You spell things like a jackass
#20
Well, I wouldn't expect a free program to be perfect, or even professional, but I still use Audacity to do simple things like recording. I would definitely prefer Adobe Audition or ProTools over Audacity, but I don't need and cannot afford that kind of investment right now.
#21
Quote by thelonesoldier
Or for the price of one midrange instrument or amp they could have a single program that would make all of their music sound better.


I don't think the song on your profile could sound any worse, so I'm assuming, if a good recording program makes your music sound better, it's recorded with Audacity?
#22
Yeah: frankly, you're not even giving a unbiased opinion. Truth be told: you're an idiot for not knowing how to correctly achieve half of those things, through the program. What could you POSSIBLY expect, from a FREE program? That's like saying that Paint con not achieve some of the things that Photoshop can.

REEEAAALLY? NO WAY.

I've used Audacity for several recordings: ones that I've actually posted in several locations. I achieved a decent sound: the only issues came with my input tone not being as good then, as it is now.

Okay: so you can't just "shut off" an effect, after editing? Hey, guess what? You shouldn't be doing that kind of stuff until you're at the mastery stage, anyway. Plus, you could just save multiple forms of the files, and backup and big changes you make. Simple as that.

I now use Cakewalk Sonar 7, which I have no real problems with. Is it perfect? No. Is it ProTools? Heck no. Does it do everything that I, as a knowledgeable amateur recorder need out of a program that I received for free? You betcha'.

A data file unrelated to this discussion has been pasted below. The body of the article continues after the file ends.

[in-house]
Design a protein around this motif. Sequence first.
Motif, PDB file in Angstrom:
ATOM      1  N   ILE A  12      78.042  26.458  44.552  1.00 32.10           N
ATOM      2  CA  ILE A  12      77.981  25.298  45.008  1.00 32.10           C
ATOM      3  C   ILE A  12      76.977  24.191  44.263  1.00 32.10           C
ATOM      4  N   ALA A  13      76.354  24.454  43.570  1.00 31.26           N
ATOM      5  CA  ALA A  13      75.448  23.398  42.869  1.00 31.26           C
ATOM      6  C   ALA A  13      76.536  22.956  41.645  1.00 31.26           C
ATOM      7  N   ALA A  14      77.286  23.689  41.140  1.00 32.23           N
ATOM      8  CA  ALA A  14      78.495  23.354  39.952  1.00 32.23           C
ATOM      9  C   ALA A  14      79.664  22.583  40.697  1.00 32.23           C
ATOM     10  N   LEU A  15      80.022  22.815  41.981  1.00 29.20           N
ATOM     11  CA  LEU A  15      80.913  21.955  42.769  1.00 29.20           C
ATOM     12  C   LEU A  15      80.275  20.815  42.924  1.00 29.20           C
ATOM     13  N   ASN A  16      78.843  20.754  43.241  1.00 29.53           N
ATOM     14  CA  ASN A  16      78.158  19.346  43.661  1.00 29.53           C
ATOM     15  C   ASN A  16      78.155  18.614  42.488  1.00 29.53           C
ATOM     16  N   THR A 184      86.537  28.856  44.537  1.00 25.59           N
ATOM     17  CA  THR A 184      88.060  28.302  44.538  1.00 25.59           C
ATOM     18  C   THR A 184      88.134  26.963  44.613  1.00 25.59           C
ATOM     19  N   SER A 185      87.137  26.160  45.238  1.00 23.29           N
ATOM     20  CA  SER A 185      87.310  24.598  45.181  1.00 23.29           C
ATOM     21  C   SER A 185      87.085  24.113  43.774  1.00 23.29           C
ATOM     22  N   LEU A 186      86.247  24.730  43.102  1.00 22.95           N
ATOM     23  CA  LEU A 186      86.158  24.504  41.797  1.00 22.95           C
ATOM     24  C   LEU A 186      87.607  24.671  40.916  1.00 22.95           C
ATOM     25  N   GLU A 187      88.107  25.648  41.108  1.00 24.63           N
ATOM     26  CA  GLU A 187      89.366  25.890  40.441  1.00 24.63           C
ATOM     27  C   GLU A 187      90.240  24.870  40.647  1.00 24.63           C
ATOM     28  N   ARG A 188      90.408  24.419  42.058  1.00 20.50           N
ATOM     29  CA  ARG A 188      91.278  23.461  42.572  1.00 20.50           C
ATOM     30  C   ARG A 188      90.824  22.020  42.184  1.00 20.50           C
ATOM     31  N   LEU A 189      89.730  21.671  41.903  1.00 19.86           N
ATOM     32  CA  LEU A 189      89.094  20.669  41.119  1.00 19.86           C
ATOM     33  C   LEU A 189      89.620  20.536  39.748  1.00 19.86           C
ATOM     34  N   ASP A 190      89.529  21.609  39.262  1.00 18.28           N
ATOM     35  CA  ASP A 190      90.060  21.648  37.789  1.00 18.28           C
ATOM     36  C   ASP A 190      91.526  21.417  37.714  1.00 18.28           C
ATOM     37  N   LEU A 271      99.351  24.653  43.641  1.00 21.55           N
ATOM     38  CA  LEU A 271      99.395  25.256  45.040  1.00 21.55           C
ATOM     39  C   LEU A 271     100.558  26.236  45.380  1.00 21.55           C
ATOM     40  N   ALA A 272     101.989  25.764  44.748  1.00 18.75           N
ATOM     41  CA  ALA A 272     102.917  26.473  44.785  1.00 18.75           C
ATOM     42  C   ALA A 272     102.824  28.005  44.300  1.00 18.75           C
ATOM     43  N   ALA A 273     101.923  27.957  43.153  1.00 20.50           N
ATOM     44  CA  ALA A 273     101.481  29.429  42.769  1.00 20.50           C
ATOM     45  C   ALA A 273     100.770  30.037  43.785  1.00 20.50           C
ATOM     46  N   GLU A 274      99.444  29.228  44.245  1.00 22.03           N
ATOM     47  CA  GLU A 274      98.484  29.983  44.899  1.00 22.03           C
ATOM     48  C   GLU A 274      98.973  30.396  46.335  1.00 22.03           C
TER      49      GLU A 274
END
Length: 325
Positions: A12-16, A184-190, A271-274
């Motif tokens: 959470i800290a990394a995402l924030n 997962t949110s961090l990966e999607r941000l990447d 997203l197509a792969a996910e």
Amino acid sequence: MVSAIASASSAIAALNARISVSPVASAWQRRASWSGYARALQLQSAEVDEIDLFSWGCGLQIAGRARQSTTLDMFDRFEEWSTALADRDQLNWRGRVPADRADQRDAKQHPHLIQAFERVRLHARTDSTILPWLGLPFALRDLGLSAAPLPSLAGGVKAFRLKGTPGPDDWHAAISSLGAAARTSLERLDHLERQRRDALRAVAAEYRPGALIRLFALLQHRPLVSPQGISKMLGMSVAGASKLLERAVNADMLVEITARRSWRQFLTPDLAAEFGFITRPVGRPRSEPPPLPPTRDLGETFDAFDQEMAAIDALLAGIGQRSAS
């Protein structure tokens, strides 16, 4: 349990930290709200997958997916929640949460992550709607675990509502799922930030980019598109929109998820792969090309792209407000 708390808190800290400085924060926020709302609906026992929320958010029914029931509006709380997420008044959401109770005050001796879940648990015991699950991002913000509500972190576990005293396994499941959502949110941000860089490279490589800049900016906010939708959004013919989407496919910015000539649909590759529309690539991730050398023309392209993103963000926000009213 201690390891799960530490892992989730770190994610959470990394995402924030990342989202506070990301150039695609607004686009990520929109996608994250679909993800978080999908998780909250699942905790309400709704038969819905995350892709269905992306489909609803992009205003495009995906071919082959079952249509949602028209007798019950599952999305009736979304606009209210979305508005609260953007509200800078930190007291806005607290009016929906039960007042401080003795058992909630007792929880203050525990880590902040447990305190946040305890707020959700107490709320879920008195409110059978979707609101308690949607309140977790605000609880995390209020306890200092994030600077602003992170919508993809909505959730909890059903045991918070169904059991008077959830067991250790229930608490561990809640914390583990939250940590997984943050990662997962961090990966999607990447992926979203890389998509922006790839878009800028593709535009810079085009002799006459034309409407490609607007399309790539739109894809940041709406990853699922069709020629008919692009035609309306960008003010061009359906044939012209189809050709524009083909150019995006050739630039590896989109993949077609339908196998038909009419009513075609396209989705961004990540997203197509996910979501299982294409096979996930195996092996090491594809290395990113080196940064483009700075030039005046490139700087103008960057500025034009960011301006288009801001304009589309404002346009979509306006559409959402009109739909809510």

Save the complaints for programs you actually spent a dime on, maybe? For anyone who's just looking to record some songs: Audacity is amazing. I've since used several programs, after Audacity, and I still go back to it regularly, for simple things. I stand behind this great software, and have it installed on all of my current computers, and all computers to come.

Grow up.
Last edited by TwistedVince at Dec 14, 2008,
#23
Quote by thelonesoldier
I'm not enforcing anything. I am informing. You don't have to listen, but hopefully someone will not be completely close-minded and will learn something from this thread.


Close-Minded? CLOSE-MINDED? Are you KIDDING me?

You're absolutely calling a useful program for anyone who can't spend money on a program for one purpose alone, a piece of junk; and you're NOT close-minded?

Who do you think that you're kidding? I'm not even necessarily flaming saying you don't like the program, and don't think it should be used: I'm flaming you for the egotistical arrogance that you're demonstrating with you're approach to stating that fact.

"Informing", eh? Haha: what a joke. Well, let me "inform" you, that you're discouraging the use of a program, simply because you're unaware of how to do a select list of things, through it. Would you like me to list everything that Audacity CAN do (free program) that Audition ($50-$400) cannot? I guarantee you that it's longer than your opposing list.
#24
Well i can't be bothered learning to use new software, Audacity is fine for what i need.
Gear:

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#25
a program should be changed if its hindering your progress in writing music and achieving the sound you want.

this may or may not mean you need to change from audacity to.. whatever.

I've been using the Cool edit pro 2 for .. 8 years? its never held me back so i don't change it even tho its brutally outdated, not supported anymore and doesn't run VST. but hey it gets the job done. i might give adobe a shot tho.. i could REALLY use a more streamlined use of EQ.. especially something that can show me the spectrums of the instruments i'm using.. it'd make mixing bass freq's SO MUCH EASIER.